The Salinas lab maintains a collection of bipartite, whitefly-transmitted Criniviruses, and is recognized internationally as a leader in the study of this genus of viruses. The lab has identified and characterized most criniviruses currently known to infect sugarbeet and vegetable crops. Rapid-detection methods have been developed through this project and submitted for publication this year for differentiation of most members of the genus. The method will provide diagnostic labs throughout the world and extension personnel with tools to rapidly differentiate viruses that may appear similar, and should identify related but uncharacterized viruses related to members of the genus. Research is continuing toward understanding epidemiology and transmission parameters for this emerging genus, including Cucurbit yellow stunting disorder virus (CYSDV), an emergent crinivirus severely impacting cucurbit production in the US. The Salinas Virology Lab works closely with grower organizations and extension personnel, advising other scientists throughout the world and regulatory authorities in determining the extent of infection, educating growers and developing management tactics to minimize losses, and to identify hosts serving as sources for virus transmission. Research by the ARS Virology Lab in Salinas on Beet necrotic yellow vein virus (BNYVV) which causes rhizomania, and its vector, the soil-borne fungus, Polymyxa betae, has been critical to understanding this disease. The lab developed specific and sensitive diagnostic assays, and research led to taxonomic reclassification of some sugar beet viruses. The lab recently described a new strain of BNYVV that overcomes Rz1 gene resistance, and has linked the resistance-breaking trait to amino acid changes in RNA3. Ongoing research is focused on clarifying how BNYVV infection and host resistance alter protein expression in sugarbeet, and utilizing this information to block virus infection and disease development. The Salinas Lab also recently described another soil-borne virus of sugarbeet, Beet oak leaf virus (BOLV) that may interact with BNYVV under field conditions. Additional studies have genetically characterized soilborne viruses of lettuce associated with the diseases, lettuce dieback (two tombusviruses, one described by ARS Salinas) and lettuce big vein (Mirafiori lettuce big vein virus; MLBVV), and examined epidemiological factors contributing to control and spread. Collaborative efforts with sugarbeet and vegetable breeding programs in Salinas have facilitated development of genetic resistance to all three soilborne viruses (BNYVV, Tombusviruses and MLBVV). Curly top, transmitted by the beet leafhopper (Circulifer tenellus) and caused by Beet curly top virus (BCTV) and related curtovirus species, has reduced yields of sugar beet and vegetables since the late 1800s. The Salinas Lab has identified crop and weed reservoirs, is examining factors that drive changes in curtovirus population structure in the western US, and is working toward release of novel methods for control across several crops.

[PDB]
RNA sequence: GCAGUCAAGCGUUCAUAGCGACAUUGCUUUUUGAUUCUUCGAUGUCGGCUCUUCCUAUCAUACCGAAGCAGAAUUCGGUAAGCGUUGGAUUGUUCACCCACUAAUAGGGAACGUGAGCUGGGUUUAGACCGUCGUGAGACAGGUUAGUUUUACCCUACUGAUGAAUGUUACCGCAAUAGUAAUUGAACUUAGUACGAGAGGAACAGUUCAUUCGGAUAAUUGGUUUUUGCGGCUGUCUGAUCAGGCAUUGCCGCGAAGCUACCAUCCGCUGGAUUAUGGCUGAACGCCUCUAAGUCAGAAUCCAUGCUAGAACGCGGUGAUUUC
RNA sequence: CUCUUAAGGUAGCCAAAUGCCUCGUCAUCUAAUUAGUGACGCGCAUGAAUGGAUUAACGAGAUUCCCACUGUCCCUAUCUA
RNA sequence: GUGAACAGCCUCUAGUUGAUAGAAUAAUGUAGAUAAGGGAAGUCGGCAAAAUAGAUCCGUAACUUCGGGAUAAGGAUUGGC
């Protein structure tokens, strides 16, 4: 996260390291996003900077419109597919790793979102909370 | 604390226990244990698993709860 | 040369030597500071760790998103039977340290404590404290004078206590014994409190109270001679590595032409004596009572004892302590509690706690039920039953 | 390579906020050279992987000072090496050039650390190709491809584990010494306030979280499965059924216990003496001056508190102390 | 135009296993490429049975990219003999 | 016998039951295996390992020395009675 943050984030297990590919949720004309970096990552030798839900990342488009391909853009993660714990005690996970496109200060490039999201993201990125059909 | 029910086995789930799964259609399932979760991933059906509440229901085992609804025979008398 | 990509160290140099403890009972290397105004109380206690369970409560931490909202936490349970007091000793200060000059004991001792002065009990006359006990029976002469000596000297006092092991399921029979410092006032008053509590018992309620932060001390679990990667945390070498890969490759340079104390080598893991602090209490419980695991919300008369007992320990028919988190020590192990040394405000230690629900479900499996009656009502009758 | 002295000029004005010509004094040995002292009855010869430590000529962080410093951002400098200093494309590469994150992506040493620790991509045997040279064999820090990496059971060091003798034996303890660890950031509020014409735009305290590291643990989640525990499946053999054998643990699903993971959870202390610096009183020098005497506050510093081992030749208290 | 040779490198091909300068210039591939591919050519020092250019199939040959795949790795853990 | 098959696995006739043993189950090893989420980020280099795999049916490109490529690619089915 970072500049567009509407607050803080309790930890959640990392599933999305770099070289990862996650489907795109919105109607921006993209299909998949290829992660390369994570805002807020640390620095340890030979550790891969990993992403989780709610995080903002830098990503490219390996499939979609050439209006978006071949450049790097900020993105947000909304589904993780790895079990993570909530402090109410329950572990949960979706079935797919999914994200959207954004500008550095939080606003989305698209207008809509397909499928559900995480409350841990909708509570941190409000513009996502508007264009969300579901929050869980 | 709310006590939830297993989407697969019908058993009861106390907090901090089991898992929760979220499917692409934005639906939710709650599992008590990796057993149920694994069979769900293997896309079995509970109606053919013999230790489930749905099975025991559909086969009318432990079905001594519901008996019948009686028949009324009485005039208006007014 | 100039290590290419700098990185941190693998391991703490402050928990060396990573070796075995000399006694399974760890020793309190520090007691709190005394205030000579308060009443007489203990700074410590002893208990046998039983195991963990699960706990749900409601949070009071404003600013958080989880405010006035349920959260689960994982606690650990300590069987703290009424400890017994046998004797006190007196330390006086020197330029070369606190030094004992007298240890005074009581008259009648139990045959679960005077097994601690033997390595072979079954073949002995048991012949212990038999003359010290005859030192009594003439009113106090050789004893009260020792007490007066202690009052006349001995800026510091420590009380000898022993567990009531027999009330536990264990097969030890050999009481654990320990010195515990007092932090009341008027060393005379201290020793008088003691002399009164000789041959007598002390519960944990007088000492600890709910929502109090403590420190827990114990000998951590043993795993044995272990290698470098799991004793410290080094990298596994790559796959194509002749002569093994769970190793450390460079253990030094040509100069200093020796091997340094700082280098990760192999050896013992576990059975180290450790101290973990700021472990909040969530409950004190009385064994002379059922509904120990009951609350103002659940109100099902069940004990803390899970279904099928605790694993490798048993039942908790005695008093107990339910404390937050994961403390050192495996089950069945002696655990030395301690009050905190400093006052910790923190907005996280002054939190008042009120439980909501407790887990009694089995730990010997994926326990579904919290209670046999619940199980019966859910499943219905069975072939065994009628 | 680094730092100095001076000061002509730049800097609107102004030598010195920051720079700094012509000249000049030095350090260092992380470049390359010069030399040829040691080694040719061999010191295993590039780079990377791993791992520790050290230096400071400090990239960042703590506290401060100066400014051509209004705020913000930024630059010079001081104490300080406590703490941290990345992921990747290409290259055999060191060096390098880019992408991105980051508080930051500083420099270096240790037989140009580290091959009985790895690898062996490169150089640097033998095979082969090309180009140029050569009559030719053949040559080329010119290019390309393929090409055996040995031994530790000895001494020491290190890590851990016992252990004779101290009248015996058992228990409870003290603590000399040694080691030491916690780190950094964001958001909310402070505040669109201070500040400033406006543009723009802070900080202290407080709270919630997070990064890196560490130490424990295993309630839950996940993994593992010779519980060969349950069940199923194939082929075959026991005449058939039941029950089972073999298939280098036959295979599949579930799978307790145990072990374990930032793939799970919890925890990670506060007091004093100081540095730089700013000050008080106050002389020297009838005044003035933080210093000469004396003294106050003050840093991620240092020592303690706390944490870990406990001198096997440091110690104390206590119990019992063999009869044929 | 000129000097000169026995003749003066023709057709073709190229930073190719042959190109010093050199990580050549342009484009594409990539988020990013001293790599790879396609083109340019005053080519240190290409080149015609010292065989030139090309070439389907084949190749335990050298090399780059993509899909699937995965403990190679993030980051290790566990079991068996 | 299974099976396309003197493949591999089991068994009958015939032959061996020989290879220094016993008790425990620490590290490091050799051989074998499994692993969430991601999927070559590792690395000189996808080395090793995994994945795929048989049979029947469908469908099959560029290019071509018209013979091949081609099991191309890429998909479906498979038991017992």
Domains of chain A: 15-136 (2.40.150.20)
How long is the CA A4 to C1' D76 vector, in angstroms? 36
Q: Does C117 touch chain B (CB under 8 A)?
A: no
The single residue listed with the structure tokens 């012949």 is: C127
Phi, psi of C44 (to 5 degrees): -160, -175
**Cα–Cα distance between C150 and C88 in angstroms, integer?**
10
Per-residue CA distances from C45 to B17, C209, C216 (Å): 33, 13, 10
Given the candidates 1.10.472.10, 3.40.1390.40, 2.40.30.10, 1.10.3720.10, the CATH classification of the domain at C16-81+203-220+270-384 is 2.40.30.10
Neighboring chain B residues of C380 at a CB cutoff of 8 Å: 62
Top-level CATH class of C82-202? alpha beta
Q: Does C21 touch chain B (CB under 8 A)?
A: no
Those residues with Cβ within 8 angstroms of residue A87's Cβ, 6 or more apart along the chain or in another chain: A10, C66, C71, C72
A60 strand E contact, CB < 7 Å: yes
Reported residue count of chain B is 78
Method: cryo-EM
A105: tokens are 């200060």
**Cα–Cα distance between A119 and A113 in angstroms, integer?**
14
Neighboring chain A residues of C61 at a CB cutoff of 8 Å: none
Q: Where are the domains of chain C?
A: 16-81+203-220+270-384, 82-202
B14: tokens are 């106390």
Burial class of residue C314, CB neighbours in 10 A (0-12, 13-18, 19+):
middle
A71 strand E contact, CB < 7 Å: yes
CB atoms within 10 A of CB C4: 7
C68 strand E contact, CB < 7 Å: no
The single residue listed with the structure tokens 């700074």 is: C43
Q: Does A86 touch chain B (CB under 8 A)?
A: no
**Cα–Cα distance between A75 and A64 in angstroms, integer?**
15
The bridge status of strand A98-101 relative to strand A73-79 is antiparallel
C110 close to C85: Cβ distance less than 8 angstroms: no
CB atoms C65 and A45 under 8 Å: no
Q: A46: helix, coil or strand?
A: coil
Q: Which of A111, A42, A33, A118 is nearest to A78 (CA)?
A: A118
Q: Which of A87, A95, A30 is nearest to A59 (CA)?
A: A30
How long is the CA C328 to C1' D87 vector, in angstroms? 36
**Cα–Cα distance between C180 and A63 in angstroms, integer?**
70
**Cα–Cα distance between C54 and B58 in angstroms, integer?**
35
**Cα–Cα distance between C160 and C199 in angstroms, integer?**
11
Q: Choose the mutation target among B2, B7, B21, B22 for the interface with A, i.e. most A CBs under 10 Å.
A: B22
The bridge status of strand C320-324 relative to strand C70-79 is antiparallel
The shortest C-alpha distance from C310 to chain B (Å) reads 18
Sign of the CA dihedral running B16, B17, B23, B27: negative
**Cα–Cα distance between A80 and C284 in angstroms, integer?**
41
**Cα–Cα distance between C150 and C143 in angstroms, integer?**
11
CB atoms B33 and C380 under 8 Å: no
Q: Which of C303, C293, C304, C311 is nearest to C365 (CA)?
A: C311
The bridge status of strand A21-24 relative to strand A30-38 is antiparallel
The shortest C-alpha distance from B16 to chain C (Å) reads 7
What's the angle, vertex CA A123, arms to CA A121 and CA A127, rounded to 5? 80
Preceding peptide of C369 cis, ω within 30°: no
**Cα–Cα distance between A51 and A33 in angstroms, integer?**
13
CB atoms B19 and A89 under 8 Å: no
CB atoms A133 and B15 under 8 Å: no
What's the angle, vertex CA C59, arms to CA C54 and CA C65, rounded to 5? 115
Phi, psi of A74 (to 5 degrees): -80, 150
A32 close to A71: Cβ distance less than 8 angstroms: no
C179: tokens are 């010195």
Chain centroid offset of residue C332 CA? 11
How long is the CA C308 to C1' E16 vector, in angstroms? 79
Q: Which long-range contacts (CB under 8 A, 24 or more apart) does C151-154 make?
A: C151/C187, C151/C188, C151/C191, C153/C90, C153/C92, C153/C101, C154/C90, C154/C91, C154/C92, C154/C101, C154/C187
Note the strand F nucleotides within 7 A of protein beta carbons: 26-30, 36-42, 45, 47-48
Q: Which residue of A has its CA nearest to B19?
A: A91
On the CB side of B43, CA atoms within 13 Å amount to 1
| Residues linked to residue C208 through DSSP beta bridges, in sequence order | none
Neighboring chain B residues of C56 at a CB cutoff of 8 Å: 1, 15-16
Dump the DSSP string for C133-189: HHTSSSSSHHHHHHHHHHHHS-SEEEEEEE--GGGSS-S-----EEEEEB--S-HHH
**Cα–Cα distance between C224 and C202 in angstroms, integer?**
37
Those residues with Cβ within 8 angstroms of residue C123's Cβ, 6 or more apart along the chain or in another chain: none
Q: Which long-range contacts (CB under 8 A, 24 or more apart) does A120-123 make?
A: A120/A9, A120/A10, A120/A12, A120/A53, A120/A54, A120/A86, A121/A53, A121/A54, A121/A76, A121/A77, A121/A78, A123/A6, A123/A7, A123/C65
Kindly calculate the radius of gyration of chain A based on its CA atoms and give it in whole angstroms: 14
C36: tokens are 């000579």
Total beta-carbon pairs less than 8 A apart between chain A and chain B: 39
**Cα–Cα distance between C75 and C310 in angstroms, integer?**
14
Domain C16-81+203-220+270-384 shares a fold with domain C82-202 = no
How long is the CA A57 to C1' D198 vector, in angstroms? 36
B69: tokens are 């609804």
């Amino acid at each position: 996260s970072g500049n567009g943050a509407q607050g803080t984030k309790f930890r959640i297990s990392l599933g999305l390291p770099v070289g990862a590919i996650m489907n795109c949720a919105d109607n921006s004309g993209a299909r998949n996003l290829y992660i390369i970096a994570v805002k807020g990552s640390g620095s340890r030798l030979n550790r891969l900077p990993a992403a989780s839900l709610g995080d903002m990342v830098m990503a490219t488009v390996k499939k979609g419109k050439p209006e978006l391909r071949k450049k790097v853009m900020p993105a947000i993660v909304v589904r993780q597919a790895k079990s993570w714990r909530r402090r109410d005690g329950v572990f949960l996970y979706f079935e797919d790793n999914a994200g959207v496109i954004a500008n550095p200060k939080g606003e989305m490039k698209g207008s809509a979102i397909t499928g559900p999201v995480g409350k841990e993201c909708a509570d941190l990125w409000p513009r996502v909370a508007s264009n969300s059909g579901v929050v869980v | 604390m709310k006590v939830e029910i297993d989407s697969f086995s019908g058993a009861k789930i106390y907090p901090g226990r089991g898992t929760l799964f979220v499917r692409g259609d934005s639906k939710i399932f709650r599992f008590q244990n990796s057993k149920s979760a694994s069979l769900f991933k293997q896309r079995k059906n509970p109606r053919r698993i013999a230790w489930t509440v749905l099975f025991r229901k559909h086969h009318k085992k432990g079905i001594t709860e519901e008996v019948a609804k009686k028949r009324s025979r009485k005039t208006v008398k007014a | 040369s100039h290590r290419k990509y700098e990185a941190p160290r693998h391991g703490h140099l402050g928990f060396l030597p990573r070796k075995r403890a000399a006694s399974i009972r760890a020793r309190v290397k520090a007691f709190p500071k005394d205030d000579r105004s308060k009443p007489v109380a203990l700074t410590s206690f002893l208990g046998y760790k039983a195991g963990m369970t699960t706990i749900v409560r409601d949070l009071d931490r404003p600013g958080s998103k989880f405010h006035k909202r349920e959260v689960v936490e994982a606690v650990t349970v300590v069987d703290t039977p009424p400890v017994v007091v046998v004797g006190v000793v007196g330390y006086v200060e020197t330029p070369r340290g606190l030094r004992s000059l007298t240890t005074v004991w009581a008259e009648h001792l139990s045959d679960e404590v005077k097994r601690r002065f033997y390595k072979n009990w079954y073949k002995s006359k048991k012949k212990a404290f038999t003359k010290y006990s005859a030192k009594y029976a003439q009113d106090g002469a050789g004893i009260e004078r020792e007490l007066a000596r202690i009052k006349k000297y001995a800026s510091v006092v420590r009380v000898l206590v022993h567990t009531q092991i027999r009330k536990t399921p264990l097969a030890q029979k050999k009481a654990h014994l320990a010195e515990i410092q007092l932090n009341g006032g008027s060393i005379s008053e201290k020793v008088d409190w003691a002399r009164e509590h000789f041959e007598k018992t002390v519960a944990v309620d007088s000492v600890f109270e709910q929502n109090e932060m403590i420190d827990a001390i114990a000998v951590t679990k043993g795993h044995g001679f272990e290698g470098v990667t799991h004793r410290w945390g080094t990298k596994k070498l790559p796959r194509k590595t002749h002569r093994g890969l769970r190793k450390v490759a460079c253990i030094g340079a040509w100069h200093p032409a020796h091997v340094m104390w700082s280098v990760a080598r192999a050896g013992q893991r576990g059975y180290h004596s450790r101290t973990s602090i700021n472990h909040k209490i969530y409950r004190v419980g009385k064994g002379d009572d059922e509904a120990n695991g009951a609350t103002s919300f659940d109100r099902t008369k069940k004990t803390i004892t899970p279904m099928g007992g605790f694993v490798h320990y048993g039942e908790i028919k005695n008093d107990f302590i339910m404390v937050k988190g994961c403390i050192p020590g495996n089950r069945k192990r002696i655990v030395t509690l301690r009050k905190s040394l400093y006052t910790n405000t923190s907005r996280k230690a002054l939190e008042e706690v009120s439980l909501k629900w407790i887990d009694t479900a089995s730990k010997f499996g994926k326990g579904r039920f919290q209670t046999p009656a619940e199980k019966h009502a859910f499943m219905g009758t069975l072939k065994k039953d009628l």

1. Production of polyclonal antibodies against expressed coat proteins of Tomato chlorosis virus (ToCV) and Tomato infectious chlorosis virus (TICV). TICV and ToCV result in losses for tomato production in Florida, California, Mexico, the Mediterranean and other production regions throughout the world, but reliable, inexpensive serological detection methods have been lacking. TICV and ToCV coat proteins were expressed and purified using affinity columns, and used for production of polyclonal antiserum in rabbits for each virus. The antiserum developed by ARS researchers at Salinas, CA is effective for serological detection and differentiation of each virus using specific ELISA methods. Further development and refinement of detection with additional techniques will facilitate use of these antisera for detection of these viruses throughout the world.